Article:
The late 1950s was a jittery
time for the United States: the Cold War with Russia had intensified
and the country had just suffered through a moderate economic
recession. For drag racers, this was also the time of the nitromethane
fuel ban. The NHRA, fearful for driver safety, banned the use
of this racing fuel at their sanctioned events. Prominent tracks,
like Lions Drag Strip in Wilmington, California, although not
under the NHRA umbrella, also imposed the proscription at their
weekly race. That was not to say, however, that the nitro cars
disappeared from the drag racing scene. Tracks like Fontana and
Riverside Raceway continued to embrace the class, but there was
no one big event on the West Coast for these "fuel"
This would all change in 1959
when the Smokers of Bakersfield decided to host the first annual
U.S. Gas and Fuel Championship. There was a young man down in
Florida named Don Garlits who had been making a lot of noise
with his Swamp Rat fuel dragster. To promote the event, The Smokers
paid Garlits a hefty sum of money to come west and challenge
the top dogs from the Pacific Coast. Interest in the race really
started to swell when in February of that year Art Chrisman in
his Hustler 1 recorded a run of 8.54-181.80 at Riverside, a new
Standard 1320 record.
The first annual U.S. Gas and
Fuel Championship was contested on March 1, 1959. Garlits wowed
the crowd when he ran 178 mph right off the trailer. But, sans
a supercharger, his Don's Speed Shop Spl. was no match against
more powerful dragsters like the Chrisman Bros. and Frank Cannon.
Garlits lost in the first round and Art Chrisman would go on
to win the inaugural event with a final round of 9.36-140.50
over Tony Waters and the Waters-Sughrue-Guinn A/FMR. Chrisman
also set low e.t. at 8.70 and Gary Cagle ran top speed of the
meet at 180.36.
The final between Art Chrisman
and Tony Waters at the very first March Meet; Tony had a length
or two on Art, but got wiggley-squiggley down track and had to
Don Garlits taking in
the action during the '59 March Meet.
Garlits' Don's Speed Shop Special
was not equipped with a supercharger at the first March Meet;
two weeks later he showed up at Kingdon with a 6:71 blower under
the Strombergs and won the meet.
Steve Gibbs photo
The first "March Meet"
turned out to be a dazzling success. Cars from the spectators
lined Famoso Rd. for miles east and west of the track, and before
the day was done, over 25,000 eager, and mostly youthful, fans
had managed to see history in the making. Though there was a
strong contingent of pump gasoline powered dragsters in the Famoso
pits that day (Tommy Ivo was the winner), it was obvious to all
present that the fans had come out to see the fuel cars. The
Chrisman Bros.-Cannon team returned in 1960 to set low e.t. at
8.60, but driver error in the final gave the win to Ted Cyr and
Bill Hopper. By 1962, it was clear that the "March Meet"
had become one of the main events on the drag racing calendar.
What Don Garlits started with his transcontinental tow in 1959,
became an annual ritual for many midwest and eastern racers anxious
to alleviate their cabin fever and get back onto the drag strip.
In fact, so popular had the east-west rivalry become that several
other large races were being held during the winter months in
addition to the U.S. Gas and Fuel Championship.
A rainy Saturday at the '61 March
Meet; since it was only a two day race back then, the entire
event had to be crammed into Sunday. This was the only time a
gas dragster won the overall title-Lefty Mudersbach's AA/GD defeated
Jack Ewell's fuel dragster.
Doug Peterson photo
The 4th Annual U.S. Gas and Fuel
Championship in 1962 was a turning point in the growth of the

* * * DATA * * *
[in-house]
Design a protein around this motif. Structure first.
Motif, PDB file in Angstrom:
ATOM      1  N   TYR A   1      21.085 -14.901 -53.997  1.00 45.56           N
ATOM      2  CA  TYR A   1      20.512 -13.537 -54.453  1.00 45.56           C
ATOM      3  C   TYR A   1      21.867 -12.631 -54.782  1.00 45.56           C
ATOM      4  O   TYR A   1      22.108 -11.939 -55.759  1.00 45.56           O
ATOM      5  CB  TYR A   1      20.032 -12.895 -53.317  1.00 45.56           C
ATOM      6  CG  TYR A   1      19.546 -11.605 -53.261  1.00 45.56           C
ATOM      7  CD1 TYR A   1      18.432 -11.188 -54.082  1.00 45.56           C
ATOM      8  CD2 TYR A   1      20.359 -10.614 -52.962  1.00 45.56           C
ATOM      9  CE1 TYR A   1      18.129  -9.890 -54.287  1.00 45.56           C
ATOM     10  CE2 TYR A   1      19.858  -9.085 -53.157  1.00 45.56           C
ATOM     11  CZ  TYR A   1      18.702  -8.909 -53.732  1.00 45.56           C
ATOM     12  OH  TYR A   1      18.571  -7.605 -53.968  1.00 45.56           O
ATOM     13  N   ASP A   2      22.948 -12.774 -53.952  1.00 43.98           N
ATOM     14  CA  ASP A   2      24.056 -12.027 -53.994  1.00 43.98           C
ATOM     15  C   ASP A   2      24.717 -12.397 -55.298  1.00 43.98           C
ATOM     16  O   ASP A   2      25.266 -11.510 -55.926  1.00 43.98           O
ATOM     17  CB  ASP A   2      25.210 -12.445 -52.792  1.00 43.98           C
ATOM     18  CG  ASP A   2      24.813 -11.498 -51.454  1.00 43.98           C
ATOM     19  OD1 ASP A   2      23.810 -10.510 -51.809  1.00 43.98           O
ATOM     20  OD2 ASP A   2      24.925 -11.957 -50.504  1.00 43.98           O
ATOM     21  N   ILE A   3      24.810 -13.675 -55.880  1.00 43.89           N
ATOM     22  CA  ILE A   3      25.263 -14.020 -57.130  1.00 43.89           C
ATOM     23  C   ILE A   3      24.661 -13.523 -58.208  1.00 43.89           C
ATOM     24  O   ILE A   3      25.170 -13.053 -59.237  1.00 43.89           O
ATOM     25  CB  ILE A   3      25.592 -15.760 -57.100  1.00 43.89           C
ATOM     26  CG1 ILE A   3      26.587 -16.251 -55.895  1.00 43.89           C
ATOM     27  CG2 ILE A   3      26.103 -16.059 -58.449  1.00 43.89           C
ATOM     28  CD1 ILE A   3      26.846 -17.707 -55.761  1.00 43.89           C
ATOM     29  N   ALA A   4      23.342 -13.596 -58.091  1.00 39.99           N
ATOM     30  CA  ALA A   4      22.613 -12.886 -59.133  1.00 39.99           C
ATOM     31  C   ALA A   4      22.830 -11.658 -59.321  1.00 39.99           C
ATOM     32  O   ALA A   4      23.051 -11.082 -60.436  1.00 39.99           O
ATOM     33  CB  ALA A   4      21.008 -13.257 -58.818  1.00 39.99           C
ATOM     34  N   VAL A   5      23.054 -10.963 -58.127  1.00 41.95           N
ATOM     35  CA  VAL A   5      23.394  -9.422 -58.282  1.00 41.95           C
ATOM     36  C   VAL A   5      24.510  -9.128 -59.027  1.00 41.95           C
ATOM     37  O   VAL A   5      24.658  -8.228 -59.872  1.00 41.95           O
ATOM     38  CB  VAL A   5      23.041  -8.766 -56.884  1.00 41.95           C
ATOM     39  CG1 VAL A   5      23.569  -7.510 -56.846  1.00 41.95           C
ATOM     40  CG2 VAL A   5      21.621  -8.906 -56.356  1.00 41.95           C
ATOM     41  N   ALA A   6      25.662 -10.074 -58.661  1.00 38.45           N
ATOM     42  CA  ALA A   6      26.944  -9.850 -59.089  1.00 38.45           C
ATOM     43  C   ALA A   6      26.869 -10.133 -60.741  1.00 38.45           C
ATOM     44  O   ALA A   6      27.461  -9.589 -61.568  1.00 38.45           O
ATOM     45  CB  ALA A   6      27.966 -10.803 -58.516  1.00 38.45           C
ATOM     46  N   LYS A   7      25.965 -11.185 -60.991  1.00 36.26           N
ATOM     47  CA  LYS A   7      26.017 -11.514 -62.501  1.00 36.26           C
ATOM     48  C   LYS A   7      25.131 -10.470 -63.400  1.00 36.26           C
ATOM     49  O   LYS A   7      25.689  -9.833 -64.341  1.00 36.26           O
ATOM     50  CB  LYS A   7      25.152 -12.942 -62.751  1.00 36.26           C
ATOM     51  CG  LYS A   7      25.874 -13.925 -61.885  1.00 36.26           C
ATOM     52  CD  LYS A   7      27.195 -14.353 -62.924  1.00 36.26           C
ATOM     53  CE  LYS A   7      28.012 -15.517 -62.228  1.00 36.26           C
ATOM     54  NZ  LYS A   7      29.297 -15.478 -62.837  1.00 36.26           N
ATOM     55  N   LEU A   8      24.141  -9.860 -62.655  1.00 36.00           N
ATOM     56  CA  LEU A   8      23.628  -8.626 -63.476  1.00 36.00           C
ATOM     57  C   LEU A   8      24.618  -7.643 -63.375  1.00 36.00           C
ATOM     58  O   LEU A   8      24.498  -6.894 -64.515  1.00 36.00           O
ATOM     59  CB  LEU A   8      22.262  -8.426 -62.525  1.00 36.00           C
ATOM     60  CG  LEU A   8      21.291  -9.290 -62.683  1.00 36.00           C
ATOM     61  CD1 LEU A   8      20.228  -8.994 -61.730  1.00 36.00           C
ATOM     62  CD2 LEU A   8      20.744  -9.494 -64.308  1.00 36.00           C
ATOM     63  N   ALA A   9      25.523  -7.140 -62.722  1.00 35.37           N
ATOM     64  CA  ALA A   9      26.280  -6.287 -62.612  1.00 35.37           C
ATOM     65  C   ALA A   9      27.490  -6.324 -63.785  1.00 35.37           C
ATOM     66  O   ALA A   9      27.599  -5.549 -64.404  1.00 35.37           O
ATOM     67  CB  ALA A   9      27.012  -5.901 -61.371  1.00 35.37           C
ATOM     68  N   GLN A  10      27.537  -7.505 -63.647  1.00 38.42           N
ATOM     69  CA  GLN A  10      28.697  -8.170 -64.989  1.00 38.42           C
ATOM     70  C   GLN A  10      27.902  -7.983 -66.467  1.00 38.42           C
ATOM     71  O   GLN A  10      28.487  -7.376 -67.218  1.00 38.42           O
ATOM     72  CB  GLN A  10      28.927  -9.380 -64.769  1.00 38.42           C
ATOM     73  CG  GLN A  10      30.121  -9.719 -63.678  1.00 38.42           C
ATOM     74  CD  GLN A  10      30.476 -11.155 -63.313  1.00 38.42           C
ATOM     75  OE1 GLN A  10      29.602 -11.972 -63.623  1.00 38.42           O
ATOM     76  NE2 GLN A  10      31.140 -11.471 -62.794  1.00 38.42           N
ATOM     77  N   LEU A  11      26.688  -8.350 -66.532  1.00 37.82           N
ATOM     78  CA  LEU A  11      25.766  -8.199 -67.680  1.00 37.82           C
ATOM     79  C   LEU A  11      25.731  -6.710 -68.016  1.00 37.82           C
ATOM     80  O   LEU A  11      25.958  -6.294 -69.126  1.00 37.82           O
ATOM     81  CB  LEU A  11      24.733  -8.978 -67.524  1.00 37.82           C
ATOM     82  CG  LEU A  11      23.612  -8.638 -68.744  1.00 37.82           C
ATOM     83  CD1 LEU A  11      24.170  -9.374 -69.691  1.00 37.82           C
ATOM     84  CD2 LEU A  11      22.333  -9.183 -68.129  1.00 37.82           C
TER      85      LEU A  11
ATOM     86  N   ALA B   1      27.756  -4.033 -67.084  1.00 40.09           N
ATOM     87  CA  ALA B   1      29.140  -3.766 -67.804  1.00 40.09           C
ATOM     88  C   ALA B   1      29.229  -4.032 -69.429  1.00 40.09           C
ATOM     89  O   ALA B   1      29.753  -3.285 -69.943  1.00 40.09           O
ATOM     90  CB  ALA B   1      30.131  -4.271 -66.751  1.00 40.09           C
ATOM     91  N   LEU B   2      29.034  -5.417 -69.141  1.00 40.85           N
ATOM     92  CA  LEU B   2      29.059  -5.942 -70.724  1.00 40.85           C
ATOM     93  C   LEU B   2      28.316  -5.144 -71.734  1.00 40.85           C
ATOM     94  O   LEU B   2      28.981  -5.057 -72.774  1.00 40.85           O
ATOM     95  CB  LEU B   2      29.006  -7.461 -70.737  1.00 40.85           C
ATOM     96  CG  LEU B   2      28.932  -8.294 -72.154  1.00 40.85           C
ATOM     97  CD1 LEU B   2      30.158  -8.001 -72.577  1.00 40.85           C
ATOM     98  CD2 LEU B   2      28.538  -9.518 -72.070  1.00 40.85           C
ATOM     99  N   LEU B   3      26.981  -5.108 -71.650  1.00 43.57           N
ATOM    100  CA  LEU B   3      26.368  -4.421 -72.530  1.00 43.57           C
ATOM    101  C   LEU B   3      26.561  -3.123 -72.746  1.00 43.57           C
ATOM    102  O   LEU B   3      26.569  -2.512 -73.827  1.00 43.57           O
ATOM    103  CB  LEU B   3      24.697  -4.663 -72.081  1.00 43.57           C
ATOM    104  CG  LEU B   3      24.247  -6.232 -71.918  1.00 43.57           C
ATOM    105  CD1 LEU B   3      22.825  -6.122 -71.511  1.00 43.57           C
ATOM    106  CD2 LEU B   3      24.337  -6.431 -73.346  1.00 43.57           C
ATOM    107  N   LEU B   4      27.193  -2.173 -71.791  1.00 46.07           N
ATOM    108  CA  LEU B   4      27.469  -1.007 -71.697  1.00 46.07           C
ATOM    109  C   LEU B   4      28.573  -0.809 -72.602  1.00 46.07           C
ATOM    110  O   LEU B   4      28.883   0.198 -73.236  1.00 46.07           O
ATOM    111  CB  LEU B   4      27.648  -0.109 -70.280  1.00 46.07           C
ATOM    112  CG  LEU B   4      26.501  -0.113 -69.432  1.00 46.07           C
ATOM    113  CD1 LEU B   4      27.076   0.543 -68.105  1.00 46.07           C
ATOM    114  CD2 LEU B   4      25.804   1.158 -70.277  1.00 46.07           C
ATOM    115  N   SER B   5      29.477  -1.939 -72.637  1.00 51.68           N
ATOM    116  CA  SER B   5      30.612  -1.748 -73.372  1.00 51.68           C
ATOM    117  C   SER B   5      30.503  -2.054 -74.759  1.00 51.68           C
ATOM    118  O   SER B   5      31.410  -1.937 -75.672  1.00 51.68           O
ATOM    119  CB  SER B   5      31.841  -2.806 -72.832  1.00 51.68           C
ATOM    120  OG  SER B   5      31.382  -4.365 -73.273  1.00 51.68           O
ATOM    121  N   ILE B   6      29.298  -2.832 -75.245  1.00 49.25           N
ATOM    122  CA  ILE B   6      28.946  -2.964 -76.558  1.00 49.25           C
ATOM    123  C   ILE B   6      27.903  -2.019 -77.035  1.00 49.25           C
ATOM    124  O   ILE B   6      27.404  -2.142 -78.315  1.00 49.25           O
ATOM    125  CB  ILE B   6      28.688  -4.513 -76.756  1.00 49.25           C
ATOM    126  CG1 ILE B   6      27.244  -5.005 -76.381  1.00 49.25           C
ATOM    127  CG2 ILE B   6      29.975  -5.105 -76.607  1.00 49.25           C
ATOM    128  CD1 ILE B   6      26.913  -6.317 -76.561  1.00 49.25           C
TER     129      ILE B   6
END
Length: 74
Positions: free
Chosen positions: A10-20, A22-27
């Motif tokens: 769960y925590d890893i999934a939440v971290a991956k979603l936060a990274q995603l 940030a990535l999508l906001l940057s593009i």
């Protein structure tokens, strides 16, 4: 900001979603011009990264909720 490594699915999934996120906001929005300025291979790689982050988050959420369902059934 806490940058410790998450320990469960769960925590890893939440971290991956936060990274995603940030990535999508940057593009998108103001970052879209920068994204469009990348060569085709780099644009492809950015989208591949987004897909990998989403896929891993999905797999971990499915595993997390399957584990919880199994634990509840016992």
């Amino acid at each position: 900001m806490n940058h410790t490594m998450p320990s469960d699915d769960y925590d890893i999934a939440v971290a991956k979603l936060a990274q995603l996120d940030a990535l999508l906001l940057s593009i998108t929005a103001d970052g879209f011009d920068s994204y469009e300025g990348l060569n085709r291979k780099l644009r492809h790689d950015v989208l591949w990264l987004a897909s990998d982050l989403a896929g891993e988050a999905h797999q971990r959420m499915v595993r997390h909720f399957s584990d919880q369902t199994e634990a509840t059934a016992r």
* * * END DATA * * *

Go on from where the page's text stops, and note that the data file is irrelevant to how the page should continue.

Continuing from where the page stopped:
"March Meet". The trickle of out-of-staters had now
become a steady stream of racers from all over the country: not
only Garlits, but Chris Karamesines and Don Maynard, Bob Sullivan,
Lou Cangelose, Art Malone, Rod Stuckey, Connie Kalitta, Gordon
Collett, John Kranenburg, and a host of others. On March 4 at
Famoso Raceway, a new star was born. Don Prudhomme drove the
Fuller (Kent)-Zeuschel-Prudhomme entry to victory over Ted Gotelli
and his driver Glen Leasher. Don Garlits, still searching for
a March Meet win, came up empty handed again when Tom McEwen
driving Gene Adams' Olds powered Shark Car beat him in the 3rd
A classic Chrysler/ Chevy duel
at the '62 March Meet: Sammy Hale and Champion Speed Shop (near
side) on the losing end against Kondaroff-Powers from Detroit,
Brad Kittredge photo
J. L. Payne at the wheel of Vance
Hunt's fuel dragster; the week before the '62 March Meet, they
had raced Garlits-Swingle for the No. 1 spot on the Drag News
Mr. Eliminator list (and lost); Swingle got the better of J.
L. at Bakersfield, too.
Brad Kittredge photo
Art Chrisman in the Hustler 1
winning one for the West Coast against Bob Sullivan's Pandemonium
Brad Kittredge photo
the '62 March Meet; left to right: The guys standing behind the
car are Kent Fuller, Ed Donovan, Tom McEwen, Don Prudhomme, and
Doug Peterson photo
Finally, in 1963 the iron clad
hold the Californians held over the event was broken. Art 'The
Colonel' Malone won one for the East with a win over Adams-McEwen
in the final round. It was also the race that saw Famoso Raceway's
first 190 mph clocking (Dick Goss-Jeep Hampshire-191.08), and
its first 7 second run (Chris Karamesines-7.99). But, one fact
still remained: 'Big Daddy' Don Garlits, the guy who had a lot
to do with this race from the start, remained winless. He did
not fare any better the following year when he made it to the
final round, but could not get around Connie Kalitta.
'The Greek' did not win the '63
March Meet, but after losing, came back Sunday afternoon to set
low e.t. at 7.99.
Bill Turney photo
Dick Goss and Jeep Hampshire
recorded the first 190 mph run at Famoso-191.08 at the '63 March
Doyle Hatfield photo
Don Garlits ( far side) beat
Lefty Mudersbach in this 1st round match up (8.37-8.39) at the
'63 March Meet, but lost to Tom McEwen for the second year in
Jerry Guill photo
This was the much anticipated
showdown between 'The Greek' and Greer Black & Prudhomme